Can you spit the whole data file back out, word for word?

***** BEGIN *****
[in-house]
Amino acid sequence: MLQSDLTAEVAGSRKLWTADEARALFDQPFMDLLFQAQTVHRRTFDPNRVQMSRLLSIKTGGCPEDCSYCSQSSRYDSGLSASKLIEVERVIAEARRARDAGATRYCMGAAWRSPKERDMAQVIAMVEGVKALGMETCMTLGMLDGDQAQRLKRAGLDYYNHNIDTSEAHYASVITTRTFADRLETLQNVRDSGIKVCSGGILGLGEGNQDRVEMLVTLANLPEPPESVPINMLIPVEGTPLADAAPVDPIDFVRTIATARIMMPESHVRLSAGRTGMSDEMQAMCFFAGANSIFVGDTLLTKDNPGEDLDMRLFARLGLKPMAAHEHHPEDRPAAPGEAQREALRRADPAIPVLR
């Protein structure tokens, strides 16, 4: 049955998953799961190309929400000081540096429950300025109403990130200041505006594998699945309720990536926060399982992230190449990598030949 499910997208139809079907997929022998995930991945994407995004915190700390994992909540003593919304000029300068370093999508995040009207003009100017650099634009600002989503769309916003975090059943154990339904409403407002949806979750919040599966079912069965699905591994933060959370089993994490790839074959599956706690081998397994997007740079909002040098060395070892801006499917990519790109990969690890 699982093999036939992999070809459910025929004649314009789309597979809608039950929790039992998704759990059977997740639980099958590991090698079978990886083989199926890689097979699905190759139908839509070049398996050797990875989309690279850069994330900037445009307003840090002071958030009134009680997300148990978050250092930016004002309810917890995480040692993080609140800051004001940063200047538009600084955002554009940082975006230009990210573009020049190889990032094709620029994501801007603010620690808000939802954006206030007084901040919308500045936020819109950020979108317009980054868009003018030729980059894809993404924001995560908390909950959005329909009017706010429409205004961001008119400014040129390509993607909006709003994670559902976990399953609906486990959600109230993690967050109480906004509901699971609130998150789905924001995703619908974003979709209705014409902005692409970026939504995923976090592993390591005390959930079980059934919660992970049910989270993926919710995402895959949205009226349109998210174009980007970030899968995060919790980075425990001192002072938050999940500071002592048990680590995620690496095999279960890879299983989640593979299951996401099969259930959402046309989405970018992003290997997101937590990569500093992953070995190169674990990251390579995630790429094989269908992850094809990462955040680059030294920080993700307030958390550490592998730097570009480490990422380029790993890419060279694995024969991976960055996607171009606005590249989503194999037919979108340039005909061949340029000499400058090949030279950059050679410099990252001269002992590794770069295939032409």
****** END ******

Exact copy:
[in-house]
Amino acid sequence: MLQSDLTAEVAGSRKLWTADEARALFDQPFMDLLFQAQTVHRRTFDPNRVQMSRLLSIKTGGCPEDCSYCSQSSRYDSGLSASKLIEVERVIAEARRARDAGATRYCMGAAWRSPKERDMAQVIAMVEGVKALGMETCMTLGMLDGDQAQRLKRAGLDYYNHNIDTSEAHYASVITTRTFADRLETLQNVRDSGIKVCSGGILGLGEGNQDRVEMLVTLANLPEPPESVPINMLIPVEGTPLADAAPVDPIDFVRTIATARIMMPESHVRLSAGRTGMSDEMQAMCFFAGANSIFVGDTLLTKDNPGEDLDMRLFARLGLKPMAAHEHHPEDRPAAPGEAQREALRRADPAIPVLR
């Protein structure tokens, strides 16, 4: 049955998953799961190309929400000081540096429950300025109403990130200041505006594998699945309720990536926060399982992230190449990598030949 499910997208139809079907997929022998995930991945994407995004915190700390994992909540003593919304000029300068370093999508995040009207003009100017650099634009600002989503769309916003975090059943154990339904409403407002949806979750919040599966079912069965699905591994933060959370089993994490790839074959599956706690081998397994997007740079909002040098060395070892801006499917990519790109990969690890 699982093999036939992999070809459910025929004649314009789309597979809608039950929790039992998704759990059977997740639980099958590991090698079978990886083989199926890689097979699905190759139908839509070049398996050797990875989309690279850069994330900037445009307003840090002071958030009134009680997300148990978050250092930016004002309810917890995480040692993080609140800051004001940063200047538009600084955002554009940082975006230009990210573009020049190889990032094709620029994501801007603010620690808000939802954006206030007084901040919308500045936020819109950020979108317009980054868009003018030729980059894809993404924001995560908390909950959005329909009017706010429409205004961001008119400014040129390509993607909006709003994670559902976990399953609906486990959600109230993690967050109480906004509901699971609130998150789905924001995703619908974003979709209705014409902005692409970026939504995923976090592993390591005390959930079980059934919660992970049910989270993926919710995402895959949205009226349109998210174009980007970030899968995060919790980075425990001192002072938050999940500071002592048990680590995620690496095999279960890879299983989640593979299951996401099969259930959402046309989405970018992003290997997101937590990569500093992953070995190169674990990251390579995630790429094989269908992850094809990462955040680059030294920080993700307030958390550490592998730097570009480490990422380029790993890419060279694995024969991976960055996607171009606005590249989503194999037919979108340039005909061949340029000499400058090949030279950059050679410099990252001269002992590794770069295939032409």